So, what do you wear to work?

Pic courtesy: Time magazine
Pic courtesy: Time magazine

Yeah, tell us… we’d like to know, what do you wear to work? It’s one of those interesting-not really important-but still relevant kind of things that we like to know and read about. I just chanced upon this article which talks about office wear gaffes, particularly in summer. And it turns out, we–at DropCap Media–are guilty of at least two of these so-called dressing no-nos: mine personally are messy buns and flip flops. I have been lucky (or unlucky, depending on your perspective of course) enough to work in places with no official dress code or (scary thought!) uniforms. And generally, the ‘creative types’ usually get away with most modes of dressing.

Pic courtesy: Time magazine
Pic courtesy: Time magazine

Of course, there are industries and sectors which mandate a dress code, particularly for the sake of safety (firemen and miners, for instance), identification as a professional in a certain field (nurses and policemen), and perhaps to foster a sense of belonging and equality. Dress codes are also most often industry-specific: an accountant and a graphic designer will most likely don highly different styles of clothing. Or at least, that is what popular media tells us. If the script says ‘accountant’, it could typically be a nerdy kind of guy, complete with spectacles, pinstriped shirt, grey trousers and Oxford shoes. And of course, the graphic designer will be styled with wacky hair and an outfit that spells ‘bordering on outrageous’. And of course, if the said designer dons spectacles, they are likely to fall in the ‘geek chic’ genre.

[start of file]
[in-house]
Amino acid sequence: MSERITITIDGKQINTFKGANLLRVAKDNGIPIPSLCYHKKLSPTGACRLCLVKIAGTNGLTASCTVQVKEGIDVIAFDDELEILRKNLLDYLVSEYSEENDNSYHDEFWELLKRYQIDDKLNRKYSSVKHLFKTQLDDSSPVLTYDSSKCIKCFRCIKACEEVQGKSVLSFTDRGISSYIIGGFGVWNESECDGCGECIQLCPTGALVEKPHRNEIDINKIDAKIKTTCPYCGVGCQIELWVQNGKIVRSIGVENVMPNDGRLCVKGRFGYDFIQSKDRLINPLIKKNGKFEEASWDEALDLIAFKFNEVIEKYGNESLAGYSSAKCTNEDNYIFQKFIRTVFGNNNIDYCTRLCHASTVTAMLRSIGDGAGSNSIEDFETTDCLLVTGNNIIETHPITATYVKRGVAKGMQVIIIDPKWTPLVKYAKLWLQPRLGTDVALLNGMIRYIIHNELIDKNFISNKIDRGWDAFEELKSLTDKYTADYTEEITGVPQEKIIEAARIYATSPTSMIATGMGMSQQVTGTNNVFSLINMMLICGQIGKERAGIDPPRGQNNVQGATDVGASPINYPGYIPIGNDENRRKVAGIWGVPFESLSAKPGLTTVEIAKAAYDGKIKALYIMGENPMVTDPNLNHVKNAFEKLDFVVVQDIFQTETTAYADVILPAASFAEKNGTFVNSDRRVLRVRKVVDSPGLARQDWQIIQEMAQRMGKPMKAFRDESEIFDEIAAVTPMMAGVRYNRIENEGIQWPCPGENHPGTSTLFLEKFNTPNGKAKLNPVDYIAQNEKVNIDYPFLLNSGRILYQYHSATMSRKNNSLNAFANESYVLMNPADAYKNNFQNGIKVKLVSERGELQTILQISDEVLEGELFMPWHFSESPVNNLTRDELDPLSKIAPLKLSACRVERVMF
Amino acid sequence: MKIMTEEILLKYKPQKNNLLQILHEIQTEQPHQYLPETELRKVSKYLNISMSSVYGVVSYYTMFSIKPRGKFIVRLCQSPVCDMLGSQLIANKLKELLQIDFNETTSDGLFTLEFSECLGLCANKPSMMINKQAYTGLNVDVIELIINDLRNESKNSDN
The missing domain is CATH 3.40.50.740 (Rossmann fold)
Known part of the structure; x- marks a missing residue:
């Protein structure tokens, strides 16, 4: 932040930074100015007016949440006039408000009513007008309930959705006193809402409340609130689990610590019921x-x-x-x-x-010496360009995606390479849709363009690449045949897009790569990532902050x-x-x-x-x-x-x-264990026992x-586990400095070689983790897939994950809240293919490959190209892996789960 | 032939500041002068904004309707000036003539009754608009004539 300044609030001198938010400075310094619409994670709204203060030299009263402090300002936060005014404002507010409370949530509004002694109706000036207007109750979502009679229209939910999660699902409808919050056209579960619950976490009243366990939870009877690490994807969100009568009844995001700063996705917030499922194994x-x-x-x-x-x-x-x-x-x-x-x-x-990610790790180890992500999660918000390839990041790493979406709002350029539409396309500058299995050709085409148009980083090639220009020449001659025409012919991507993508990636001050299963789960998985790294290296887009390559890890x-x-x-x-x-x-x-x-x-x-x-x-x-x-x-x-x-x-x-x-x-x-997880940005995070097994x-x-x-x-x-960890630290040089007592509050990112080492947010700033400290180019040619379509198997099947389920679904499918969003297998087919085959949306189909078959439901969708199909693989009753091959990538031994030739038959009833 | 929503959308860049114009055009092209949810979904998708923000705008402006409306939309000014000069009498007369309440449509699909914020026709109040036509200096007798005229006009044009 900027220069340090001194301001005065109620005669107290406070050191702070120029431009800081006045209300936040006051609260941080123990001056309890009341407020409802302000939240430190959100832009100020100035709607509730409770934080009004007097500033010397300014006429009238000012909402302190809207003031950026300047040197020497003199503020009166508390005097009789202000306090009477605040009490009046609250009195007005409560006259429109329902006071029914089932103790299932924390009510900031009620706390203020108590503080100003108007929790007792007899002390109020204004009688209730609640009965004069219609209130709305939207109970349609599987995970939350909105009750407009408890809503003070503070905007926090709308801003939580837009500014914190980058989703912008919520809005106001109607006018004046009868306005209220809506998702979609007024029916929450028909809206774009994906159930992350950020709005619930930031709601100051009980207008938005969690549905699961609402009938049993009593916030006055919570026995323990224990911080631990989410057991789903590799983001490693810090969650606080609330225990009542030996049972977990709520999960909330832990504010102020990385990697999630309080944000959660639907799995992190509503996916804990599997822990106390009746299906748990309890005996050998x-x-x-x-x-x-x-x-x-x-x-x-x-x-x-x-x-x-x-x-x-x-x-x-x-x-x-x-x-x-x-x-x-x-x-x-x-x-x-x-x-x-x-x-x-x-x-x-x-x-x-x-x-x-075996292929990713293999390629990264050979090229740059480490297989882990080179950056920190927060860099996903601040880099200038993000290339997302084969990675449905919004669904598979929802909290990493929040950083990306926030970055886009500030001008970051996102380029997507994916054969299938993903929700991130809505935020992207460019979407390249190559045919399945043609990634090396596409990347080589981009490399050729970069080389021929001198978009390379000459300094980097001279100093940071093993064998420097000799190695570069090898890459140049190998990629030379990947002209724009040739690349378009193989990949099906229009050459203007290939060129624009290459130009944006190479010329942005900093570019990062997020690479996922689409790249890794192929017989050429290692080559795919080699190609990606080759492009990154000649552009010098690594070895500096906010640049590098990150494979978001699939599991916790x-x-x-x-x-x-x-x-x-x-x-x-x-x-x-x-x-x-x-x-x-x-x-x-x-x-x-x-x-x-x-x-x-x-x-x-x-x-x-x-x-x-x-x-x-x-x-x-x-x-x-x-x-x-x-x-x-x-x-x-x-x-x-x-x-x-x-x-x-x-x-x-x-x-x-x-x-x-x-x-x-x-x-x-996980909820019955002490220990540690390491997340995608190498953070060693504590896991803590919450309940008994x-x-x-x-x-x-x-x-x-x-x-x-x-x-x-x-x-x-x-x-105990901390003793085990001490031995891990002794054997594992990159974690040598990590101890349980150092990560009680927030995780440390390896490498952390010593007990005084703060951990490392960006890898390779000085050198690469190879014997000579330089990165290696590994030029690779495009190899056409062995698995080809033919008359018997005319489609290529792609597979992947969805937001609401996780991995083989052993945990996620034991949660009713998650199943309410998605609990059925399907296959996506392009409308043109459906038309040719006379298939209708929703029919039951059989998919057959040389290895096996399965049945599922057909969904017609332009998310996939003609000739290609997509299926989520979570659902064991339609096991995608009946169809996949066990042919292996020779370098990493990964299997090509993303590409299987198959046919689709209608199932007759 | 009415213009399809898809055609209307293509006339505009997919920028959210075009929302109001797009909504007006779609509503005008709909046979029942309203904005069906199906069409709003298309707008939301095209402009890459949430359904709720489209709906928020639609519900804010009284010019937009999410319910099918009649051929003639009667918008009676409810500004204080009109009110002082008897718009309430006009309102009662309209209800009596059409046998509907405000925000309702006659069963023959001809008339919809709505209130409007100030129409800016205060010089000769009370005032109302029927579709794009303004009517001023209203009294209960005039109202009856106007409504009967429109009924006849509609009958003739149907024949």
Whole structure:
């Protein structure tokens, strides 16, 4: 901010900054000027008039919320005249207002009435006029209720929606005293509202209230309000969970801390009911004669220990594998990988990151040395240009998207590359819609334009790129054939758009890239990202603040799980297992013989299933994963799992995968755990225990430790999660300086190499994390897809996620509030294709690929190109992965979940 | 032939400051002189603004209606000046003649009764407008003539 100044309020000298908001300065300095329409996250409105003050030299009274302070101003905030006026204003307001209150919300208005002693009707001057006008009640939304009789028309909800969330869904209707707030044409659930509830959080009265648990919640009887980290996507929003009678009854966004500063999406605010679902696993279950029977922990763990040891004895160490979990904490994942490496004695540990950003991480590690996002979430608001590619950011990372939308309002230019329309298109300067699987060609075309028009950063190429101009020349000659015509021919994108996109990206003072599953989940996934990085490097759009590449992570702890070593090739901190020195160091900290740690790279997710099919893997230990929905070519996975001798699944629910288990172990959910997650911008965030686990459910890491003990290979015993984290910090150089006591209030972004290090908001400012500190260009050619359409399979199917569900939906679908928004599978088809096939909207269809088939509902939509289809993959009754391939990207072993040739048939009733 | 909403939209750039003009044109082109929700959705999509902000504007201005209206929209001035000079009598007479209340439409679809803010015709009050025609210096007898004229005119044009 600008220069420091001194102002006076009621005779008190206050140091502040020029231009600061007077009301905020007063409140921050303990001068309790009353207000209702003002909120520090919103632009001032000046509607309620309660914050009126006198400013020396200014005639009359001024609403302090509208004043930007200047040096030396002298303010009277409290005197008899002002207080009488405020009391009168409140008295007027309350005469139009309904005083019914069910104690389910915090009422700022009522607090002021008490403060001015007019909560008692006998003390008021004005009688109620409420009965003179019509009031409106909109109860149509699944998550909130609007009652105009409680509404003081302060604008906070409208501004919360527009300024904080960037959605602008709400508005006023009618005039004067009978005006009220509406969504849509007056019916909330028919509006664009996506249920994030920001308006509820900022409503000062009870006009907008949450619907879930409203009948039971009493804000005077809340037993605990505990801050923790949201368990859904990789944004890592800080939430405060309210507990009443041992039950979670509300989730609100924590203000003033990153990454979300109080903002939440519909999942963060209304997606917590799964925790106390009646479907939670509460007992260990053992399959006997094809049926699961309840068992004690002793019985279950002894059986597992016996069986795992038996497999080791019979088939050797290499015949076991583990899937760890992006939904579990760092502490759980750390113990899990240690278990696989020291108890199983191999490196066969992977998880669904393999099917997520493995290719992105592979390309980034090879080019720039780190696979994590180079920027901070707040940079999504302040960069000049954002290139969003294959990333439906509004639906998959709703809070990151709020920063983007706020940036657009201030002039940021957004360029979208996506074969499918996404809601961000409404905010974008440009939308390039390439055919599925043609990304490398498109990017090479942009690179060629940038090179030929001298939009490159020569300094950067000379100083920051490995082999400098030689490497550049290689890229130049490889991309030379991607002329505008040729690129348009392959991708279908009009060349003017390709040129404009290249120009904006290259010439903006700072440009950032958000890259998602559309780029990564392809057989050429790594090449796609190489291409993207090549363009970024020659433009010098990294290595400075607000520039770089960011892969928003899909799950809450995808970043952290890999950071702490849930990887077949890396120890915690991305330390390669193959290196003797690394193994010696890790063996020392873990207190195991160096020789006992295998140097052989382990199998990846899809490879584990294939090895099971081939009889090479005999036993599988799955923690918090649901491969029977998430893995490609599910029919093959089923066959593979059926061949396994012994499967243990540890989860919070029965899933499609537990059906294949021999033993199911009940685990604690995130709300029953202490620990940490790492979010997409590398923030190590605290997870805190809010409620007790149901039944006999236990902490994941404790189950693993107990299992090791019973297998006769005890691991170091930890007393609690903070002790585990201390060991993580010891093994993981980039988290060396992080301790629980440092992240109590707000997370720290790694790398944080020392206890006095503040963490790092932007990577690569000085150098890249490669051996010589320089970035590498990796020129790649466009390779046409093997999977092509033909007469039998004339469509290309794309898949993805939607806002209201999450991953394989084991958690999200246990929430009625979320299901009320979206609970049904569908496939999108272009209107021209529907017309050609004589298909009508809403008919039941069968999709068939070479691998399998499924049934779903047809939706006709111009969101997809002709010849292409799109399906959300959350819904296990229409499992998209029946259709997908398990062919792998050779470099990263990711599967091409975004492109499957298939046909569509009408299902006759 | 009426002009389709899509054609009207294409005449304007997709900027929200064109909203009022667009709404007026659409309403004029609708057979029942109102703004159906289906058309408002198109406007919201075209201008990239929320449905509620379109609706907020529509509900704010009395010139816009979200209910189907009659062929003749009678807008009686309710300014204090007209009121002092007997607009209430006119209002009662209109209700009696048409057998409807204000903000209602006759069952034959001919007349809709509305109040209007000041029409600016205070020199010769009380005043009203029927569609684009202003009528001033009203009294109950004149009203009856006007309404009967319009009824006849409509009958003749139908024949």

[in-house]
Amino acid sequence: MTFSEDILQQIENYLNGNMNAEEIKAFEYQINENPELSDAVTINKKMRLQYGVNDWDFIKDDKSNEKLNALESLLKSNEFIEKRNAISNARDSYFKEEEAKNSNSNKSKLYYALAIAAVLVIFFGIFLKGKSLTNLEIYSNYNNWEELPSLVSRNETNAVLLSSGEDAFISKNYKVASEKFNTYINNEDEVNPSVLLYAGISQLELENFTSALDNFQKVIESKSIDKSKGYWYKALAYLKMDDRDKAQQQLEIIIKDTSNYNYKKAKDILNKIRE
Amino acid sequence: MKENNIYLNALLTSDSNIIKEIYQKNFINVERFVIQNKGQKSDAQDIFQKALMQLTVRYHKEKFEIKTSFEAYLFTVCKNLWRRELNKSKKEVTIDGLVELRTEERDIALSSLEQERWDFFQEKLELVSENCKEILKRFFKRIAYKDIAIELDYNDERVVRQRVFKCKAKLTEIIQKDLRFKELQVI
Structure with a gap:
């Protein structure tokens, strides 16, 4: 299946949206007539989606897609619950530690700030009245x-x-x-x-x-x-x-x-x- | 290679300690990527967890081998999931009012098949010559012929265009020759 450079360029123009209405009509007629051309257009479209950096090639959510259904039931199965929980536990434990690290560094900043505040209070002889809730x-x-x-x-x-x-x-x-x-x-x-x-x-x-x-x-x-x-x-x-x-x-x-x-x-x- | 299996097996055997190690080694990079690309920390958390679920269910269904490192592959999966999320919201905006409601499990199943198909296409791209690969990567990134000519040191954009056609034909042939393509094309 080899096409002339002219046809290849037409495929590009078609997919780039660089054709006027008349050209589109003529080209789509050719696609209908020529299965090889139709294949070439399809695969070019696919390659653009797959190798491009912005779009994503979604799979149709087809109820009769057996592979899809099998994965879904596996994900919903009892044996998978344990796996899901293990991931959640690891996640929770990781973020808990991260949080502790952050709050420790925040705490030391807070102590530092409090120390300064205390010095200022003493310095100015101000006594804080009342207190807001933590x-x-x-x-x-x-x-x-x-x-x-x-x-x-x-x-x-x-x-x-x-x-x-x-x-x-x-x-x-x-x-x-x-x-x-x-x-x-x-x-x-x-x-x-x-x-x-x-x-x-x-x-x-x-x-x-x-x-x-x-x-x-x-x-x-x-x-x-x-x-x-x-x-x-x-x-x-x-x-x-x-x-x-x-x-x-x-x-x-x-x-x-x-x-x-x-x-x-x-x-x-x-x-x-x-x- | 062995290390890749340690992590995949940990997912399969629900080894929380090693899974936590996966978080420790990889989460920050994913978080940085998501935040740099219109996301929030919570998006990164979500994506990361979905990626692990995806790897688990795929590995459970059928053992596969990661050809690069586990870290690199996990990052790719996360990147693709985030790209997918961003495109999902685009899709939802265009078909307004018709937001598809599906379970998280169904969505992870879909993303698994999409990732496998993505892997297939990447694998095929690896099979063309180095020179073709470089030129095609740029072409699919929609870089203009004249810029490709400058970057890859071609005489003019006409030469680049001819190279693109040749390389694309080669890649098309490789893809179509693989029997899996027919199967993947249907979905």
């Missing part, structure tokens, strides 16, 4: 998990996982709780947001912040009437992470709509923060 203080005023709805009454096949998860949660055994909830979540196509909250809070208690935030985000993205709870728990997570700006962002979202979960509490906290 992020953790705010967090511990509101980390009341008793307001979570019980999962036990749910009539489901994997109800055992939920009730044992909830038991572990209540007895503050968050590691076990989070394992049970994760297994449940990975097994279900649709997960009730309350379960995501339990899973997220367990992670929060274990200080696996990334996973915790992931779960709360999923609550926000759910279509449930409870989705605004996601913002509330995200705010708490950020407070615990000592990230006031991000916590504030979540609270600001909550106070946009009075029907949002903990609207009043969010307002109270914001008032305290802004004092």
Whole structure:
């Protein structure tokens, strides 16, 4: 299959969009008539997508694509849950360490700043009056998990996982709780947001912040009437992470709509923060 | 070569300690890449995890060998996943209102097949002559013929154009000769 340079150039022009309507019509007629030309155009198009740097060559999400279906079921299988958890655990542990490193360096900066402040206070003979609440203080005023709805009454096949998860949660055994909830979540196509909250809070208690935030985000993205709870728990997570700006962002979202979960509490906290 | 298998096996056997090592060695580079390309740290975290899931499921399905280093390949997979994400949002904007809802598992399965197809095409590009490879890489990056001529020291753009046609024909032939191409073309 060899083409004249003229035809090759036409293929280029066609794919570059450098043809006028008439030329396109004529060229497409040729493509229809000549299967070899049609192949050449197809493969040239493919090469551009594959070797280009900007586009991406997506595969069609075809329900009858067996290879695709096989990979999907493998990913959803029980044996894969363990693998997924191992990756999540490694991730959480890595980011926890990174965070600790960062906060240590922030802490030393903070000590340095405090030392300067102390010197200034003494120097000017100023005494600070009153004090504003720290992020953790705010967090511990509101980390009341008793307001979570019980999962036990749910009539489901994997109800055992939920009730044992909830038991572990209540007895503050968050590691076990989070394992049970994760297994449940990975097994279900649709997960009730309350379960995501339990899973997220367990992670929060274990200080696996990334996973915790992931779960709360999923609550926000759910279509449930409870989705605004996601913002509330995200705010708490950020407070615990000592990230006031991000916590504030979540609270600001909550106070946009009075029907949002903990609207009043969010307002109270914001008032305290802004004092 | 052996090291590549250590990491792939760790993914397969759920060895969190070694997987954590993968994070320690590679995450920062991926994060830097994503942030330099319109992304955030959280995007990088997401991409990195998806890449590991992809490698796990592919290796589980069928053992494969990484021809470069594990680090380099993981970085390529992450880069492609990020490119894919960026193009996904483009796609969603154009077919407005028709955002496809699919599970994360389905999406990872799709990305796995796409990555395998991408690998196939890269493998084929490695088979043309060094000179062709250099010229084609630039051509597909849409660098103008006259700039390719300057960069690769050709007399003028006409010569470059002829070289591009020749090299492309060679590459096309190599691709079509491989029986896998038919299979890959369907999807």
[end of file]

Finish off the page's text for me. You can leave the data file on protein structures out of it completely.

So when Mark Twain said ‘clothes maketh the man’, he seems to have been pointing the way forward to generations of writers, novelists and film-makers, not to mention scores of HR policy makers. But is it right to bring a cookie-cutter approach to clothing? Would people be happier at work if they were allowed to dress the way they love? And let us, for the sake of civilised argument, exclude all those dressing styles that are generally considered excessive, indecent or exhibitionist. What about the office-goer who prefers knee-length shorts to pants on the hottest days of summer? Or the young lady who would rather wear a jeans and a tee instead of a full-on corporate suit? By forcing them to fit into a certain mould for something as uniquely personal as dress sense, do we take away from the sheer joy of loving the work they do?

I don’t have any answers to that; here, at DropCap, there’s only one rule when it comes to dressing, and that applies only when we meet clients or have networking events to attend: wear smart casuals or semi-formals. On most days, we experiment with our clothes as much as we do with our writing. And since I have mostly worked at places that focused more on work than workwear, and never found the need to impose a dress code on me, I have never stressed over what to wear to work. Does it work because our jobs are mostly desk-bound? Even I, admittedly, don formal wear and the right accessories for a client meet.

So is an official dress code all about dressing to impress, or dressing to conform?

Would you rather wear a uniform or dress your way when it comes to office wear? Does attire make or break a working man/woman? Do share your opinions here.

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